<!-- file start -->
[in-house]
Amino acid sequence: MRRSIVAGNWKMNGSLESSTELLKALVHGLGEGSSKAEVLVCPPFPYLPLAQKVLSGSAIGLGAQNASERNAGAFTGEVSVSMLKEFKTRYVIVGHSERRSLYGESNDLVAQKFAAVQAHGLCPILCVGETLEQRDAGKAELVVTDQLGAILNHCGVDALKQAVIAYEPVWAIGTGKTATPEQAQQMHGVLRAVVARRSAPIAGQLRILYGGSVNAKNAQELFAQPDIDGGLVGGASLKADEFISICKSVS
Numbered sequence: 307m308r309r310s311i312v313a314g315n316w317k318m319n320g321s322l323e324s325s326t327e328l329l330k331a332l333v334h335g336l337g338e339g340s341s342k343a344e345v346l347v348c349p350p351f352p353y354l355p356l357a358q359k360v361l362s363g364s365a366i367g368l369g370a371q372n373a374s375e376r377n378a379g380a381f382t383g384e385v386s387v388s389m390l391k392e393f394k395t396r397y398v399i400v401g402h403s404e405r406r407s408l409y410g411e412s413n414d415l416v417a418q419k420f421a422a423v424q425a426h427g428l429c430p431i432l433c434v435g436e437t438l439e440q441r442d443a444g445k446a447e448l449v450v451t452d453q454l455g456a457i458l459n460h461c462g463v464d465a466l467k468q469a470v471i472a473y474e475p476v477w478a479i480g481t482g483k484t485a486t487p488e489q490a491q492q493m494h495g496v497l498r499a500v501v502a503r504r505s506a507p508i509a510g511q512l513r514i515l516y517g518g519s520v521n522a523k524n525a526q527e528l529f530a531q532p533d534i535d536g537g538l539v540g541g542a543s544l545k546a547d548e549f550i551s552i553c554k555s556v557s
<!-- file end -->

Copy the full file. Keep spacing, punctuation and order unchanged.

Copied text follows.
[in-house]
Amino acid sequence: MRRSIVAGNWKMNGSLESSTELLKALVHGLGEGSSKAEVLVCPPFPYLPLAQKVLSGSAIGLGAQNASERNAGAFTGEVSVSMLKEFKTRYVIVGHSERRSLYGESNDLVAQKFAAVQAHGLCPILCVGETLEQRDAGKAELVVTDQLGAILNHCGVDALKQAVIAYEPVWAIGTGKTATPEQAQQMHGVLRAVVARRSAPIAGQLRILYGGSVNAKNAQELFAQPDIDGGLVGGASLKADEFISICKSVS
Numbered sequence: 307m308r309r310s311i312v313a314g315n316w317k318m319n320g321s322l323e324s325s326t327e328l329l330k331a332l333v334h335g336l337g338e339g340s341s342k343a344e345v346l347v348c349p350p351f352p353y354l355p356l357a358q359k360v361l362s363g364s365a366i367g368l369g370a371q372n373a374s375e376r377n378a379g380a381f382t383g384e385v386s387v388s389m390l391k392e393f394k395t396r397y398v399i400v401g402h403s404e405r406r407s408l409y410g411e412s413n414d415l416v417a418q419k420f421a422a423v424q425a426h427g428l429c430p431i432l433c434v435g436e437t438l439e440q441r442d443a444g445k446a447e448l449v450v451t452d453q454l455g456a457i458l459n460h461c462g463v464d465a466l467k468q469a470v471i472a473y474e475p476v477w478a479i480g481t482g483k484t485a486t487p488e489q490a491q492q493m494h495g496v497l498r499a500v501v502a503r504r505s506a507p508i509a510g511q512l513r514i515l516y517g518g519s520v521n522a523k524n525a526q527e528l529f530a531q532p533d534i535d536g537g538l539v540g541g542a543s544l545k546a547d548e549f550i551s552i553c554k555s556v557s